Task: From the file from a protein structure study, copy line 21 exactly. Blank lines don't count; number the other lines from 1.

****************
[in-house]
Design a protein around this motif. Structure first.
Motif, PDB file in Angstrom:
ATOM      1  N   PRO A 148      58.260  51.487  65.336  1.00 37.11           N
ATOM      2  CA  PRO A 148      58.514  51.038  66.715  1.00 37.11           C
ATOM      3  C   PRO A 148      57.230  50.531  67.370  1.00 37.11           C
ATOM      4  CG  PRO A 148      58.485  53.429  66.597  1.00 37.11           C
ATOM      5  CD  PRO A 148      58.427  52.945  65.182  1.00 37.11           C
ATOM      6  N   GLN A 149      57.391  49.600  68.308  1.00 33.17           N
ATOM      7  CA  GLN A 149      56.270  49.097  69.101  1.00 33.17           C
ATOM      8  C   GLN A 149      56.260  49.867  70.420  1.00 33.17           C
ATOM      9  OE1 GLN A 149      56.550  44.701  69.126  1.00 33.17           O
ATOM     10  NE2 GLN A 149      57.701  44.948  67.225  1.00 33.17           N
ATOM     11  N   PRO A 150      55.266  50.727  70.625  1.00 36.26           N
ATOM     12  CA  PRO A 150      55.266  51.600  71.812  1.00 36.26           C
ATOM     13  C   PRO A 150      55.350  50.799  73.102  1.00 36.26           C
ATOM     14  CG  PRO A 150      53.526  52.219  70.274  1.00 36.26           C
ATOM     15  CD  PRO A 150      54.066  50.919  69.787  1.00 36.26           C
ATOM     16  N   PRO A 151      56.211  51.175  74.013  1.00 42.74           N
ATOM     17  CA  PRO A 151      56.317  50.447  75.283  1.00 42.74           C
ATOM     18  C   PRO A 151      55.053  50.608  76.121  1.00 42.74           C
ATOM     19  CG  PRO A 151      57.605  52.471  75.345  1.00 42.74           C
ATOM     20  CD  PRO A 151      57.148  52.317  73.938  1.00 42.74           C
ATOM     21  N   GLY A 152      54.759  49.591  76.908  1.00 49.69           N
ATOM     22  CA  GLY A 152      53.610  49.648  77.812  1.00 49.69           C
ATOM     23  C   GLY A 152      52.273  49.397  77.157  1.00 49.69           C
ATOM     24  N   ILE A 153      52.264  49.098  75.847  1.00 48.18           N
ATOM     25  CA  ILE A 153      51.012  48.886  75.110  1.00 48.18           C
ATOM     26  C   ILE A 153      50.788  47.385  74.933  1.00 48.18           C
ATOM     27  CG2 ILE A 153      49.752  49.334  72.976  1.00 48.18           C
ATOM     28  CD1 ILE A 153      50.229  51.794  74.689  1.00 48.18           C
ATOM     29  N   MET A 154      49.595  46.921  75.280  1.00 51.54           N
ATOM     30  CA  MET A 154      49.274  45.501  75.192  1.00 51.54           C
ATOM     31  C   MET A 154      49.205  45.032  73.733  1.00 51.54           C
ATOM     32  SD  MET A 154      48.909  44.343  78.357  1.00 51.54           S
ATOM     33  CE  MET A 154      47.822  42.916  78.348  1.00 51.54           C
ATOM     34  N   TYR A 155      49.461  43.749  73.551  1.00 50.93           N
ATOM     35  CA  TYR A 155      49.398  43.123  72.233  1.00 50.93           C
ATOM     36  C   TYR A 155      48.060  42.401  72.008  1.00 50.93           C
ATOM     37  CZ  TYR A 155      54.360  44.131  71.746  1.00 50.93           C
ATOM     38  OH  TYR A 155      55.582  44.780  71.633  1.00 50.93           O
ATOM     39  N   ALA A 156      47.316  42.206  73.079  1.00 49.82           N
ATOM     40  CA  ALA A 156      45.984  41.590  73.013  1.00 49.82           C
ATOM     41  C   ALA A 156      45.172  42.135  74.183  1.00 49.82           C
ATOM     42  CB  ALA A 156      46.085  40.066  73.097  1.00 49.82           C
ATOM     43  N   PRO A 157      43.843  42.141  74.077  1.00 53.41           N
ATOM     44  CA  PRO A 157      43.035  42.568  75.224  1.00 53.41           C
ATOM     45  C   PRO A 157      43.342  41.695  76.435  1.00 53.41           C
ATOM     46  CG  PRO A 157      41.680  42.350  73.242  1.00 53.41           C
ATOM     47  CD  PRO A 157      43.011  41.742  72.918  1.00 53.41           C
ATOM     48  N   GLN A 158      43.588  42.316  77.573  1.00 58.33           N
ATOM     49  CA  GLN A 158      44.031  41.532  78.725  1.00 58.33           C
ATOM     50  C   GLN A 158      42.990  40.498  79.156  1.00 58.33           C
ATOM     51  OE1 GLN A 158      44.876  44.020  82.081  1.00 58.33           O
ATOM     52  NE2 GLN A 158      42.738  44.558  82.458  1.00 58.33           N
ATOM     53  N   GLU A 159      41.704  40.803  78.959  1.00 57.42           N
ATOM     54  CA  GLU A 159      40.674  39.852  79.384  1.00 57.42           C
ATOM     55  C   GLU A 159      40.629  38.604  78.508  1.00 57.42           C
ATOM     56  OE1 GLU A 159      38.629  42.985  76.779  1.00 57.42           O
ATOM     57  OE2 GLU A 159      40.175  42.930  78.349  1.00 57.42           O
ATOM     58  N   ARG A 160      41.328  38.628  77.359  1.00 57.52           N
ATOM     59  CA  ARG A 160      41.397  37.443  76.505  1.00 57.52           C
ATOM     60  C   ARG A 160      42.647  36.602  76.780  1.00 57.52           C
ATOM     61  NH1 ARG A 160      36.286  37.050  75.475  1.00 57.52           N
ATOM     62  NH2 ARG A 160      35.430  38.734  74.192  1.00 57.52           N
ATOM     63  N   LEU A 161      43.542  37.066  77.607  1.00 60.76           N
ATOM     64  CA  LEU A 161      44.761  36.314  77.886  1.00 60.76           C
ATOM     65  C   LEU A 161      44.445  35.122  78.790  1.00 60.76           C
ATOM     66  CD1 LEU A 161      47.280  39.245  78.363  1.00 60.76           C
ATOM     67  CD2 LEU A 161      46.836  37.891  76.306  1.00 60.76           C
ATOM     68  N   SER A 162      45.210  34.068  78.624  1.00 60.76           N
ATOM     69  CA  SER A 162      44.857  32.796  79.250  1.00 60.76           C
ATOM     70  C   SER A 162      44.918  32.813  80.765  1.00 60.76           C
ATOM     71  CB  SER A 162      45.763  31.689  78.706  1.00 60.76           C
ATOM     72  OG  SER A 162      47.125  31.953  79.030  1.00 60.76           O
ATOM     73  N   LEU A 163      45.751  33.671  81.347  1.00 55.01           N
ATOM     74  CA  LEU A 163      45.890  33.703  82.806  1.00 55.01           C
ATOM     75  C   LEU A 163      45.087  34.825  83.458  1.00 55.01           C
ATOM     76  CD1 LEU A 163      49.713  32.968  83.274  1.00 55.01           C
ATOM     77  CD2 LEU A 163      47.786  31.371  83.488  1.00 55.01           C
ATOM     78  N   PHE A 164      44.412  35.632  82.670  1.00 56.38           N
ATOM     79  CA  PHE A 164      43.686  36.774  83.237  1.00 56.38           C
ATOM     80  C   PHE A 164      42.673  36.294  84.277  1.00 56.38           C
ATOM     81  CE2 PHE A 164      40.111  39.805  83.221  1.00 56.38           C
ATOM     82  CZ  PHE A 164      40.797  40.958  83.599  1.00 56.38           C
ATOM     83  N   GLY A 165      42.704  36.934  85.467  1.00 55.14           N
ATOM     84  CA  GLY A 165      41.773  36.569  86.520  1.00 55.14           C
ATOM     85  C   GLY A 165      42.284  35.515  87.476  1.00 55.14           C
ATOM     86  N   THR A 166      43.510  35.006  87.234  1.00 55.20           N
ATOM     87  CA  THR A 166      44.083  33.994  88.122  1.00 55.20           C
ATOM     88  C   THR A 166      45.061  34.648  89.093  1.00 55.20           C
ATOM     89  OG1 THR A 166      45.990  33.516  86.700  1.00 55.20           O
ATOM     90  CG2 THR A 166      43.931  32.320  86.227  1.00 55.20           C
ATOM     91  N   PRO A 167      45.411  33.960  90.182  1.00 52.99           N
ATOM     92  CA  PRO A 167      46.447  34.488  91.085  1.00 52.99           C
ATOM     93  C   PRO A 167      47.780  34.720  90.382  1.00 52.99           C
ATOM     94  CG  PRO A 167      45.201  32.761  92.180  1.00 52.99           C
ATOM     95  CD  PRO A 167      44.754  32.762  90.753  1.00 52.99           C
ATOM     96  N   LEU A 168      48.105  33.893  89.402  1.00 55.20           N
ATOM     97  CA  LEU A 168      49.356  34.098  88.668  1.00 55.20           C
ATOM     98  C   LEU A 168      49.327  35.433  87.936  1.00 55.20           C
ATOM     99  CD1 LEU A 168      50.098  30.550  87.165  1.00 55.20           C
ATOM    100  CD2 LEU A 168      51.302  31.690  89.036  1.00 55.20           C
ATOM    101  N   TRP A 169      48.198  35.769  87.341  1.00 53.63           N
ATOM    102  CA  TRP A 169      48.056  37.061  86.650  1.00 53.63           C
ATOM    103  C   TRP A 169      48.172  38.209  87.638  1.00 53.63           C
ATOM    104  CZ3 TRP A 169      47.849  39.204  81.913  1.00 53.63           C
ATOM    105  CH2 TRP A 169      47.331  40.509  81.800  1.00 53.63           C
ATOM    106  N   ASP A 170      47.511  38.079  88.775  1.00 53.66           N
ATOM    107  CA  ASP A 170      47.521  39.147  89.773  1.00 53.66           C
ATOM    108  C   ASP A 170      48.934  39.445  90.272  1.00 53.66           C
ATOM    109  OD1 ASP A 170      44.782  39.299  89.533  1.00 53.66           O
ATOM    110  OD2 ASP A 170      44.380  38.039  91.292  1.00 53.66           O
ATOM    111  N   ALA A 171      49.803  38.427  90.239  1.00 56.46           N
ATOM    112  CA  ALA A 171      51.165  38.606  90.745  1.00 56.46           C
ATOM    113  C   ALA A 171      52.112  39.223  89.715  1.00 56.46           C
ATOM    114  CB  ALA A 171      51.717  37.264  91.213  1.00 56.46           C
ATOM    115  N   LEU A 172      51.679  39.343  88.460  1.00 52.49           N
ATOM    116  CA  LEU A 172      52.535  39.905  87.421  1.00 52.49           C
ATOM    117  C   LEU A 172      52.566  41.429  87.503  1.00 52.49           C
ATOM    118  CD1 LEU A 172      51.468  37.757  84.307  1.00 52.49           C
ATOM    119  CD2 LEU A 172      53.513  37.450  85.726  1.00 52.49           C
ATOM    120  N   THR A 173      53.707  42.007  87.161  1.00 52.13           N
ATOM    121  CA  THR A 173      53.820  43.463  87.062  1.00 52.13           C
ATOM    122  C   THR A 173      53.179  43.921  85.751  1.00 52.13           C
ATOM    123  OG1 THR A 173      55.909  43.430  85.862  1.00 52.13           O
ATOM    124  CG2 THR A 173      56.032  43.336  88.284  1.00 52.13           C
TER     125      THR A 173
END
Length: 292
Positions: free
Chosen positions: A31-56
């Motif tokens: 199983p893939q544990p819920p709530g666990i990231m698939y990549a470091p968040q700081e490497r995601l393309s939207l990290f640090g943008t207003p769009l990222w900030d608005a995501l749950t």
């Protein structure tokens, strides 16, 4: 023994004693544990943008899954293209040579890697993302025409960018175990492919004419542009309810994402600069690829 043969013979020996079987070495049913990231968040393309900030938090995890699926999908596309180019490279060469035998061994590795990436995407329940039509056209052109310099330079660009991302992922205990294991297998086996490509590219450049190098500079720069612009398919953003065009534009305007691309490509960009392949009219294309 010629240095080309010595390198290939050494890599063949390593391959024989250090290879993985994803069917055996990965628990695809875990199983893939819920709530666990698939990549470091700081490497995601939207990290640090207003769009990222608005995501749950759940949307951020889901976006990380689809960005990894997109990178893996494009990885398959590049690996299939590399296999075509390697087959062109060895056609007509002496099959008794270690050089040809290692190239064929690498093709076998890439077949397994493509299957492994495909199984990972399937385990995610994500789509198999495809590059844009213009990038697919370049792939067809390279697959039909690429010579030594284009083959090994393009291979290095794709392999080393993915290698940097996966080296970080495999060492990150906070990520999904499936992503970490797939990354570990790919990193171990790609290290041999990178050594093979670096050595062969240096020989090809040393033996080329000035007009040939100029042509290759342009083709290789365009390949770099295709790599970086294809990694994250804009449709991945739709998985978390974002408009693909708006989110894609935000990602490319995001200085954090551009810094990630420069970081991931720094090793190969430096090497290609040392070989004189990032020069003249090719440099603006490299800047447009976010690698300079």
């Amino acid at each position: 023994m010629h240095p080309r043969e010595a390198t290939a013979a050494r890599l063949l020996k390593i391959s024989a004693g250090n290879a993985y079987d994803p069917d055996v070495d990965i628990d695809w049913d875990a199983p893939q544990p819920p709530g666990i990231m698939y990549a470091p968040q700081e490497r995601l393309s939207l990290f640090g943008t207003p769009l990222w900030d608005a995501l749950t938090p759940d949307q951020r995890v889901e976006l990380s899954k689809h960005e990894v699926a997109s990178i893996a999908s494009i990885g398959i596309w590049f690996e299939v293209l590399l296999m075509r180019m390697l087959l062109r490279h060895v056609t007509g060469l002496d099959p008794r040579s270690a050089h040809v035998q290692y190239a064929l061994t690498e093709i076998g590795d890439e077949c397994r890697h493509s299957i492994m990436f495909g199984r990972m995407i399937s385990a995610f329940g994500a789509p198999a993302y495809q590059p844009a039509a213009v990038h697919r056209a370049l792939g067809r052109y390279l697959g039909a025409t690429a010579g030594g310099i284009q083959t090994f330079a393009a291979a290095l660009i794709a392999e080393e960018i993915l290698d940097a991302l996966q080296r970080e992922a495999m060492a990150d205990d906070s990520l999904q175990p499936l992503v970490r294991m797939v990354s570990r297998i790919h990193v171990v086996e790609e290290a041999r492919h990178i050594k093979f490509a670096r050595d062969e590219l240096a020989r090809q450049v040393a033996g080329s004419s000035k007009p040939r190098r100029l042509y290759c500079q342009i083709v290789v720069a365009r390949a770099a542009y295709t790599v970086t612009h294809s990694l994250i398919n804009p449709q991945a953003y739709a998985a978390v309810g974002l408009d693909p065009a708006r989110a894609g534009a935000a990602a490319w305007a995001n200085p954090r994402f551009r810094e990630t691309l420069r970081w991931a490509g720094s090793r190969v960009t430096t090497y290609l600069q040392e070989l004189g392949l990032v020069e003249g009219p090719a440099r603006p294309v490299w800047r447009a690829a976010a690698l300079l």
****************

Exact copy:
ATOM     18  C   PRO A 151      55.053  50.608  76.121  1.00 42.74           C